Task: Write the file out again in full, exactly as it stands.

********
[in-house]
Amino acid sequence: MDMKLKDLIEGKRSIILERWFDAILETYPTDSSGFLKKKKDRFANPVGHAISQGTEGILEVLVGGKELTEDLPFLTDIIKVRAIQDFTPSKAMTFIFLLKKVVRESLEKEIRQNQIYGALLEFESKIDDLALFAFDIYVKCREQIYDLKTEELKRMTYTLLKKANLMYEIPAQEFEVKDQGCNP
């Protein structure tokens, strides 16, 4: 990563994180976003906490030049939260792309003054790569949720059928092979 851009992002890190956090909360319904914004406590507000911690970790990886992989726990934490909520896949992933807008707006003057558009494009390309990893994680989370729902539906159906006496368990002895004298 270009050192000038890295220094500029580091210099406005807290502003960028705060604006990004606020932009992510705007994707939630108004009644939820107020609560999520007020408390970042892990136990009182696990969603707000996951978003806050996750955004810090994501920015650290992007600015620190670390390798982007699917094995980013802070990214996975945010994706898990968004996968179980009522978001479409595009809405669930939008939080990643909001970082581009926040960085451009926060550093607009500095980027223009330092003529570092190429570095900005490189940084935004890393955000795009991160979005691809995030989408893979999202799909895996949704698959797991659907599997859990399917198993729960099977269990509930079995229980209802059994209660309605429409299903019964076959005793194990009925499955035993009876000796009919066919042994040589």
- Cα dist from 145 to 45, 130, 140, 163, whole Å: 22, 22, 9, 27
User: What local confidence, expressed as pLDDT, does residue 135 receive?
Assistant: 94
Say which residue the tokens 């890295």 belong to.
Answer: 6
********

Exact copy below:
[in-house]
Amino acid sequence: MDMKLKDLIEGKRSIILERWFDAILETYPTDSSGFLKKKKDRFANPVGHAISQGTEGILEVLVGGKELTEDLPFLTDIIKVRAIQDFTPSKAMTFIFLLKKVVRESLEKEIRQNQIYGALLEFESKIDDLALFAFDIYVKCREQIYDLKTEELKRMTYTLLKKANLMYEIPAQEFEVKDQGCNP
């Protein structure tokens, strides 16, 4: 990563994180976003906490030049939260792309003054790569949720059928092979 851009992002890190956090909360319904914004406590507000911690970790990886992989726990934490909520896949992933807008707006003057558009494009390309990893994680989370729902539906159906006496368990002895004298 270009050192000038890295220094500029580091210099406005807290502003960028705060604006990004606020932009992510705007994707939630108004009644939820107020609560999520007020408390970042892990136990009182696990969603707000996951978003806050996750955004810090994501920015650290992007600015620190670390390798982007699917094995980013802070990214996975945010994706898990968004996968179980009522978001479409595009809405669930939008939080990643909001970082581009926040960085451009926060550093607009500095980027223009330092003529570092190429570095900005490189940084935004890393955000795009991160979005691809995030989408893979999202799909895996949704698959797991659907599997859990399917198993729960099977269990509930079995229980209802059994209660309605429409299903019964076959005793194990009925499955035993009876000796009919066919042994040589």
- Cα dist from 145 to 45, 130, 140, 163, whole Å: 22, 22, 9, 27
User: What local confidence, expressed as pLDDT, does residue 135 receive?
Assistant: 94
Say which residue the tokens 């890295």 belong to.
Answer: 6